Hundreds of Rover car workers are about to discover the real impact of accounting standards. While many accountants think standards are an esoteric debating point, workers at Longbridge are about to find out that they can mean the difference between keeping a job and the dole queue.
As we report on page seven, the adoption of German accounting standards has turned the pride of the British motor industry into a liability that could yet make BMW, its German parent, the subject of an unwanted takeover bid. The difference between the results under UK GAAP and under German standards is a cool #230m. Under UK standards Rover made a cumulative profit of #148m between 1994 and 1997 compared to a loss of #363m under German standards.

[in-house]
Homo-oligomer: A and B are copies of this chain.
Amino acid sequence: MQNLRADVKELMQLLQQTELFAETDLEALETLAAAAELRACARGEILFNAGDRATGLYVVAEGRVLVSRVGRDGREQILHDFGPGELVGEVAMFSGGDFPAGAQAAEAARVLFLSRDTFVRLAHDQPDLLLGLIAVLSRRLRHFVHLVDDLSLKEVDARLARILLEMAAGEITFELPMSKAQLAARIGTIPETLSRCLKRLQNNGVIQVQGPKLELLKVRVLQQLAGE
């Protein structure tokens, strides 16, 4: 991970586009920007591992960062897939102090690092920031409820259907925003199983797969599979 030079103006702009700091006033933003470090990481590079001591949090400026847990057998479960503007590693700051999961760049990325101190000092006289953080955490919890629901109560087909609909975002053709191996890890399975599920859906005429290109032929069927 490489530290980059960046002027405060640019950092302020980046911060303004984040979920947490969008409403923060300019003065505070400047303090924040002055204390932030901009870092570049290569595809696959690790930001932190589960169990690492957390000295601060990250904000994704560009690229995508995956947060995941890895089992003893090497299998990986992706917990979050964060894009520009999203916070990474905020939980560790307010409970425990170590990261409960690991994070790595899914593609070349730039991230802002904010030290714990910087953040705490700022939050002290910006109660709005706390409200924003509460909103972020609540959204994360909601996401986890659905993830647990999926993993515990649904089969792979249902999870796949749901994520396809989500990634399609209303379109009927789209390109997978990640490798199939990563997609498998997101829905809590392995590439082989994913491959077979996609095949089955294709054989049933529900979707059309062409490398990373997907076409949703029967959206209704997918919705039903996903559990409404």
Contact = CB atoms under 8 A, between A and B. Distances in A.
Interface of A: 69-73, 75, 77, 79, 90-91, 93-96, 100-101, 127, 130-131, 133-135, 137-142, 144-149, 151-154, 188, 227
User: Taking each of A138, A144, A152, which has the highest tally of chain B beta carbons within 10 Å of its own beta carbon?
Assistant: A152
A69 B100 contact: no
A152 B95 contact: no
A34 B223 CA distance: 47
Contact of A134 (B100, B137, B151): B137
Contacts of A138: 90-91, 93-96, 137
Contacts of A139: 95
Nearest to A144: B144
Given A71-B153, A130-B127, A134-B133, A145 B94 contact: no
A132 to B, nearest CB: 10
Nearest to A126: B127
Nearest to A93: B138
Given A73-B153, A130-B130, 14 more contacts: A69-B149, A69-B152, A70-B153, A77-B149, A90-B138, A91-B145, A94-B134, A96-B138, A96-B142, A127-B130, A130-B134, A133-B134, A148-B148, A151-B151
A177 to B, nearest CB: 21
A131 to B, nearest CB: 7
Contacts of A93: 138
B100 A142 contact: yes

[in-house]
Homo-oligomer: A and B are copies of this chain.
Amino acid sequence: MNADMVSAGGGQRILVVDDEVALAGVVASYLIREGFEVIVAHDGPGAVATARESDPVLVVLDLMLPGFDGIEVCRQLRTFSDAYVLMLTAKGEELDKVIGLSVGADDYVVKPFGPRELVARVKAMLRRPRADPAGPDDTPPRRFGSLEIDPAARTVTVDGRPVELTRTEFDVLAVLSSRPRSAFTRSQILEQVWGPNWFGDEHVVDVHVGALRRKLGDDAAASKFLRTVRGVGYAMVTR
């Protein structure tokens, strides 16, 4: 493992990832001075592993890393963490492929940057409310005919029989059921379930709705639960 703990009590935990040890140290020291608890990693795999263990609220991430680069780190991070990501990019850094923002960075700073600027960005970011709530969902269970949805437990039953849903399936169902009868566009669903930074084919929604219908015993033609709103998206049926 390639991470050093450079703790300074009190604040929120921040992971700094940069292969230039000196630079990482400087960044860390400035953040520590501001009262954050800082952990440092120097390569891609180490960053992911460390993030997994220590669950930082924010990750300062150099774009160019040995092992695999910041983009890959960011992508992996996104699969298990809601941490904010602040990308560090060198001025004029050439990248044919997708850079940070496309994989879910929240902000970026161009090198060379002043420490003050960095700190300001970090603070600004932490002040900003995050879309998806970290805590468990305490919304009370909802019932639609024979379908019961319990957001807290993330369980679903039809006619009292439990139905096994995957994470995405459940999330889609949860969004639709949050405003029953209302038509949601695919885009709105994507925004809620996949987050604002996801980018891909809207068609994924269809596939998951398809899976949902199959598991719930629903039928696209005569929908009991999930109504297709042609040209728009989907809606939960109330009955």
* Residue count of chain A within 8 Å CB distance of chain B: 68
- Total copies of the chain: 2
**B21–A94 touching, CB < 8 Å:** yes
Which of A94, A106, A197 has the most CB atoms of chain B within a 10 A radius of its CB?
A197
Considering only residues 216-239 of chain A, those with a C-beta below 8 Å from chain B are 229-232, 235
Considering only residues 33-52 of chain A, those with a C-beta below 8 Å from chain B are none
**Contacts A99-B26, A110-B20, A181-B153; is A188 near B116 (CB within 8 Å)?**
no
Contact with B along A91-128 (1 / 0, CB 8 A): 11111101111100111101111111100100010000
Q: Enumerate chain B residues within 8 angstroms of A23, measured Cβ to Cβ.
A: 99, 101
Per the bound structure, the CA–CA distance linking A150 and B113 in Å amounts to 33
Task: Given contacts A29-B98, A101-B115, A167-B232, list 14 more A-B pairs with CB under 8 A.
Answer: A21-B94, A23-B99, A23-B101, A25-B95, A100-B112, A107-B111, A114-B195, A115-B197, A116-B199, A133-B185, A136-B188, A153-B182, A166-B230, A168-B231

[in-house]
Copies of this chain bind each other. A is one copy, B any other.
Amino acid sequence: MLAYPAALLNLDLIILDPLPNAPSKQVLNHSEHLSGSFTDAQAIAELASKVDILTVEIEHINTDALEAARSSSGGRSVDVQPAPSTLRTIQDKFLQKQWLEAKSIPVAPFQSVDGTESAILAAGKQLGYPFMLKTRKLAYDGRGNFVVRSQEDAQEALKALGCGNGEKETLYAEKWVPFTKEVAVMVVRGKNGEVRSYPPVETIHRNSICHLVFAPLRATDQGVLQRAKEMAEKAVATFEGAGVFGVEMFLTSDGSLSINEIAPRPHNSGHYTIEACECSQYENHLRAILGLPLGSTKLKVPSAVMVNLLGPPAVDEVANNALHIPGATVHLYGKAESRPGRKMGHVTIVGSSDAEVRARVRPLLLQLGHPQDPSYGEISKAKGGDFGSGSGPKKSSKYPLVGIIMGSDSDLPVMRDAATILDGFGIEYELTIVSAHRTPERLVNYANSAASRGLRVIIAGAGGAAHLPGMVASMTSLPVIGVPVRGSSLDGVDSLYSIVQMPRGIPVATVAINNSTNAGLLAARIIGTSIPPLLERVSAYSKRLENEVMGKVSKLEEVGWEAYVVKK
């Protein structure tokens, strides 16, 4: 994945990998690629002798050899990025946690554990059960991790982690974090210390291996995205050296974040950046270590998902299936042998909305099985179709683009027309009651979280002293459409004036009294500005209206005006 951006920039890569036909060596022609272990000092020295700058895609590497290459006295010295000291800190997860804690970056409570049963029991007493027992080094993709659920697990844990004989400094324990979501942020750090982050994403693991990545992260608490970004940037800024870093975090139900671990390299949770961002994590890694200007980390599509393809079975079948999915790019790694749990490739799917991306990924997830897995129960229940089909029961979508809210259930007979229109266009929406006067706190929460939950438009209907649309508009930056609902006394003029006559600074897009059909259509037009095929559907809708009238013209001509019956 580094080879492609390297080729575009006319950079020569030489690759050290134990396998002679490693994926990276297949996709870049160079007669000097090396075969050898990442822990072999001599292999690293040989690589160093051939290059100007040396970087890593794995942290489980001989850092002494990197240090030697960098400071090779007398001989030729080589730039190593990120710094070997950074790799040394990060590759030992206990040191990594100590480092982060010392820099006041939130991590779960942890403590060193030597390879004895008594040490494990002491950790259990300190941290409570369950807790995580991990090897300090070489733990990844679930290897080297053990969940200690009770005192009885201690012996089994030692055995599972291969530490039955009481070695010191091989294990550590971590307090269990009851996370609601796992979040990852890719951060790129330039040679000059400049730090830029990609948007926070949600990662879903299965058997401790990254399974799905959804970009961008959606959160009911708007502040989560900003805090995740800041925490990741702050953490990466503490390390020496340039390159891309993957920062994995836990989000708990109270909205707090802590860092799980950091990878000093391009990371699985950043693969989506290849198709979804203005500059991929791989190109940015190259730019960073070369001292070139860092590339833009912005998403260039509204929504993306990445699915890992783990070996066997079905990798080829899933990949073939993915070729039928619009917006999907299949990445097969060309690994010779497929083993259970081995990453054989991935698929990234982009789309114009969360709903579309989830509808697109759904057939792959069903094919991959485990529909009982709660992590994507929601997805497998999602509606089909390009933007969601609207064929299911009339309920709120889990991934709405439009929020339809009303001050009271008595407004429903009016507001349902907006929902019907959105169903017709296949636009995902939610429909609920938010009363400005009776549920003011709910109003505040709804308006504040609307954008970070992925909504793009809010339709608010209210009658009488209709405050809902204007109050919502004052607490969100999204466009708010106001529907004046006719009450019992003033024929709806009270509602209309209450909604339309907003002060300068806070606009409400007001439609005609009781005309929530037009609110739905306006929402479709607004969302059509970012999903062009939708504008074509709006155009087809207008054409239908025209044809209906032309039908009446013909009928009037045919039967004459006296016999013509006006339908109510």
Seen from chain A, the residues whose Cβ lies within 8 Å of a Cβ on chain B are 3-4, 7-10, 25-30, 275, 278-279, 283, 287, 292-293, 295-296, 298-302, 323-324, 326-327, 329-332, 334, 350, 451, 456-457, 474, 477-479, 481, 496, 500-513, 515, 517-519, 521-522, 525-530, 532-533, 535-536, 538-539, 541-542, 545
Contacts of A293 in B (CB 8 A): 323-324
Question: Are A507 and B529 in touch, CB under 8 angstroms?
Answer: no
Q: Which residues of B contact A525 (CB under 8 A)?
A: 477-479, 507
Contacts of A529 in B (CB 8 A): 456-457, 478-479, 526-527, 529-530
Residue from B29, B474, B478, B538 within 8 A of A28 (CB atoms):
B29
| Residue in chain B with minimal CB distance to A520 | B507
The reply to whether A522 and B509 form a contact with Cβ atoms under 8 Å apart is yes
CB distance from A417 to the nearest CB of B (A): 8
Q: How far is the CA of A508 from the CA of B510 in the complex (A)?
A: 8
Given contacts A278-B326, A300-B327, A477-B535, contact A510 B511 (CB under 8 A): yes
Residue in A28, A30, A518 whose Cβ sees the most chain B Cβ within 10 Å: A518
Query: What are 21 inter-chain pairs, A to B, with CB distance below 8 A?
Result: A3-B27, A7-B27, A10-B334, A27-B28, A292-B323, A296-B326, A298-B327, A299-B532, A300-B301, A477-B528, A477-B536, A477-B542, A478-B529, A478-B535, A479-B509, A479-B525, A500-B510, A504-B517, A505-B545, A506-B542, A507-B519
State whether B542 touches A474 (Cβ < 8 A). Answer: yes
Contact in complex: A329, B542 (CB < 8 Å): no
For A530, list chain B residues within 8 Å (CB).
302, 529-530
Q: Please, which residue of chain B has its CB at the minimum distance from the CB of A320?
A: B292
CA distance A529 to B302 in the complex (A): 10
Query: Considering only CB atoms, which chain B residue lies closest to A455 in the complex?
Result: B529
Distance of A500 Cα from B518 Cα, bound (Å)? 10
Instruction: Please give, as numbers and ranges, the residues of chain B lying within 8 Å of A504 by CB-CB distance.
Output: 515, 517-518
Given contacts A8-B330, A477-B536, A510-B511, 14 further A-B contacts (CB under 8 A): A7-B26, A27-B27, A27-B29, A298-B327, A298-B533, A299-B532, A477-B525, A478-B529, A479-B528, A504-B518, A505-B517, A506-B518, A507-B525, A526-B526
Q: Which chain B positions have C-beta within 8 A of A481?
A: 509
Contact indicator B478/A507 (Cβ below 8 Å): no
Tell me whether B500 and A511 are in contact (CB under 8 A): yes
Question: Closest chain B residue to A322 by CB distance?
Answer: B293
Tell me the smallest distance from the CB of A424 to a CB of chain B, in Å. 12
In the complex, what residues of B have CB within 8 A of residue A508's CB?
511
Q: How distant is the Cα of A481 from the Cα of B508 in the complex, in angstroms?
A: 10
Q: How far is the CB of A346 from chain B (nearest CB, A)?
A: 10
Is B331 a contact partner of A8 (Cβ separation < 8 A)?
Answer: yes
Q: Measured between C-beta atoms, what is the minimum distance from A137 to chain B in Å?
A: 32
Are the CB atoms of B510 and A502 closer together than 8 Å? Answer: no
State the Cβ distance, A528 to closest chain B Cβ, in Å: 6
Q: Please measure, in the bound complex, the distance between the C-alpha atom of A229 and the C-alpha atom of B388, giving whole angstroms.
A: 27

Tragic though the consequences will be for those who lose their jobs, the disparity has far wider implications.
The introduction of the euro offers the potential of a single European equity market, which could fuel the development of a European economy to rival and quite possibly eclipse the United States. But that will not happen unless accounts are stated on a common basis. The International Accounting Standards Committee has done its work and the core standards are now being considered by the world stock market club, IOSCO. They had better make their minds up swiftly, for the sake not just of the assembly workers of Birmingham but the future of European business as a whole.
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